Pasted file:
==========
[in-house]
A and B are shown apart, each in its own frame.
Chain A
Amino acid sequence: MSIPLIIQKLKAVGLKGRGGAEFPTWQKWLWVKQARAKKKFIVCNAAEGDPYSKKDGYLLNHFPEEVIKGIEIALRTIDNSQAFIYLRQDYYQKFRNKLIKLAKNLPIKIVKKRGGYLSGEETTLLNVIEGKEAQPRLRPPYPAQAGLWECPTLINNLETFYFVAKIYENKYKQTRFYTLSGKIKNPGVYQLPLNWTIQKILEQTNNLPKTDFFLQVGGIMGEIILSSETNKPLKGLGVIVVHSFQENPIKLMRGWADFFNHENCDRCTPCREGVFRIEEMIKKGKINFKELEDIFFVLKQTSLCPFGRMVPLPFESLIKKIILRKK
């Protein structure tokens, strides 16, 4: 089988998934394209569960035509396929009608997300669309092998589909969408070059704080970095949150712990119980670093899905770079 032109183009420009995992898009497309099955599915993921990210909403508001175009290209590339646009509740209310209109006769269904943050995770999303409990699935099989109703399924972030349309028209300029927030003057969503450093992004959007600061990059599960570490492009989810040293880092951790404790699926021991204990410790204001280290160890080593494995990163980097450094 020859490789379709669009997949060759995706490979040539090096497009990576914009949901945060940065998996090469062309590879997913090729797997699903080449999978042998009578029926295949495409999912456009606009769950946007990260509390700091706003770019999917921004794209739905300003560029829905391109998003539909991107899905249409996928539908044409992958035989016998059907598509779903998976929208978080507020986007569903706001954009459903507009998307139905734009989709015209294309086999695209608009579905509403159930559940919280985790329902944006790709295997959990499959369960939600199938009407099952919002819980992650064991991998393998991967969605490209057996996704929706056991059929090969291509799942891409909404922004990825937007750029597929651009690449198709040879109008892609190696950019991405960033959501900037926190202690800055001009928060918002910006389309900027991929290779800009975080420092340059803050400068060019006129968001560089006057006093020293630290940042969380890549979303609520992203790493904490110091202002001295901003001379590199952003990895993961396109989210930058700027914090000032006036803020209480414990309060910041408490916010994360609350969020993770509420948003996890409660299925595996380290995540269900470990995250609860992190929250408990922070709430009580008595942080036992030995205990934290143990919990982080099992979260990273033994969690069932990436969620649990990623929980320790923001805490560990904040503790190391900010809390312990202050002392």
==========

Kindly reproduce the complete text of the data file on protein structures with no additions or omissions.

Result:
[in-house]
A and B are shown apart, each in its own frame.
Chain A
Amino acid sequence: MSIPLIIQKLKAVGLKGRGGAEFPTWQKWLWVKQARAKKKFIVCNAAEGDPYSKKDGYLLNHFPEEVIKGIEIALRTIDNSQAFIYLRQDYYQKFRNKLIKLAKNLPIKIVKKRGGYLSGEETTLLNVIEGKEAQPRLRPPYPAQAGLWECPTLINNLETFYFVAKIYENKYKQTRFYTLSGKIKNPGVYQLPLNWTIQKILEQTNNLPKTDFFLQVGGIMGEIILSSETNKPLKGLGVIVVHSFQENPIKLMRGWADFFNHENCDRCTPCREGVFRIEEMIKKGKINFKELEDIFFVLKQTSLCPFGRMVPLPFESLIKKIILRKK
């Protein structure tokens, strides 16, 4: 089988998934394209569960035509396929009608997300669309092998589909969408070059704080970095949150712990119980670093899905770079 032109183009420009995992898009497309099955599915993921990210909403508001175009290209590339646009509740209310209109006769269904943050995770999303409990699935099989109703399924972030349309028209300029927030003057969503450093992004959007600061990059599960570490492009989810040293880092951790404790699926021991204990410790204001280290160890080593494995990163980097450094 020859490789379709669009997949060759995706490979040539090096497009990576914009949901945060940065998996090469062309590879997913090729797997699903080449999978042998009578029926295949495409999912456009606009769950946007990260509390700091706003770019999917921004794209739905300003560029829905391109998003539909991107899905249409996928539908044409992958035989016998059907598509779903998976929208978080507020986007569903706001954009459903507009998307139905734009989709015209294309086999695209608009579905509403159930559940919280985790329902944006790709295997959990499959369960939600199938009407099952919002819980992650064991991998393998991967969605490209057996996704929706056991059929090969291509799942891409909404922004990825937007750029597929651009690449198709040879109008892609190696950019991405960033959501900037926190202690800055001009928060918002910006389309900027991929290779800009975080420092340059803050400068060019006129968001560089006057006093020293630290940042969380890549979303609520992203790493904490110091202002001295901003001379590199952003990895993961396109989210930058700027914090000032006036803020209480414990309060910041408490916010994360609350969020993770509420948003996890409660299925595996380290995540269900470990995250609860992190929250408990922070709430009580008595942080036992030995205990934290143990919990982080099992979260990273033994969690069932990436969620649990990623929980320790923001805490560990904040503790190391900010809390312990202050002392």